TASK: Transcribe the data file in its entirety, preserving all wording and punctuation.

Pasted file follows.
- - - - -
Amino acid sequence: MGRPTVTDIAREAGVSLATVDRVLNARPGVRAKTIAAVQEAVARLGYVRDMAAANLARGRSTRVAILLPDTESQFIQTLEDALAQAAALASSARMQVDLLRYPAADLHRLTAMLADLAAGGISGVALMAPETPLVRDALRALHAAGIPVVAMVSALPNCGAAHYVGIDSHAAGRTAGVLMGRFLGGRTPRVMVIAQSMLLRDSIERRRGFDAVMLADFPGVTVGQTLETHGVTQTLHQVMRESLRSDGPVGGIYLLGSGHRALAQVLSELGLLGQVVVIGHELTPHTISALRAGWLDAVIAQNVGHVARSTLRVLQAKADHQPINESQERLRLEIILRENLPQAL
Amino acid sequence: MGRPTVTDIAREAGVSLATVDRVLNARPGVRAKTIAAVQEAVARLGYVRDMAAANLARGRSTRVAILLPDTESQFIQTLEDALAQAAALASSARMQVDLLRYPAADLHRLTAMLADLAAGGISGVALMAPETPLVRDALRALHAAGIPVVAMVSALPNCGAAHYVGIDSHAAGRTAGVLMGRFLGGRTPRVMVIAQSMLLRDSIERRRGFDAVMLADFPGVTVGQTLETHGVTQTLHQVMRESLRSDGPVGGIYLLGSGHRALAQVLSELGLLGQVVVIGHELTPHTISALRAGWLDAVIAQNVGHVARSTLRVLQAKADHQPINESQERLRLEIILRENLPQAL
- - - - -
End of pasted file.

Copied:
Amino acid sequence: MGRPTVTDIAREAGVSLATVDRVLNARPGVRAKTIAAVQEAVARLGYVRDMAAANLARGRSTRVAILLPDTESQFIQTLEDALAQAAALASSARMQVDLLRYPAADLHRLTAMLADLAAGGISGVALMAPETPLVRDALRALHAAGIPVVAMVSALPNCGAAHYVGIDSHAAGRTAGVLMGRFLGGRTPRVMVIAQSMLLRDSIERRRGFDAVMLADFPGVTVGQTLETHGVTQTLHQVMRESLRSDGPVGGIYLLGSGHRALAQVLSELGLLGQVVVIGHELTPHTISALRAGWLDAVIAQNVGHVARSTLRVLQAKADHQPINESQERLRLEIILRENLPQAL
Amino acid sequence: MGRPTVTDIAREAGVSLATVDRVLNARPGVRAKTIAAVQEAVARLGYVRDMAAANLARGRSTRVAILLPDTESQFIQTLEDALAQAAALASSARMQVDLLRYPAADLHRLTAMLADLAAGGISGVALMAPETPLVRDALRALHAAGIPVVAMVSALPNCGAAHYVGIDSHAAGRTAGVLMGRFLGGRTPRVMVIAQSMLLRDSIERRRGFDAVMLADFPGVTVGQTLETHGVTQTLHQVMRESLRSDGPVGGIYLLGSGHRALAQVLSELGLLGQVVVIGHELTPHTISALRAGWLDAVIAQNVGHVARSTLRVLQAKADHQPINESQERLRLEIILRENLPQAL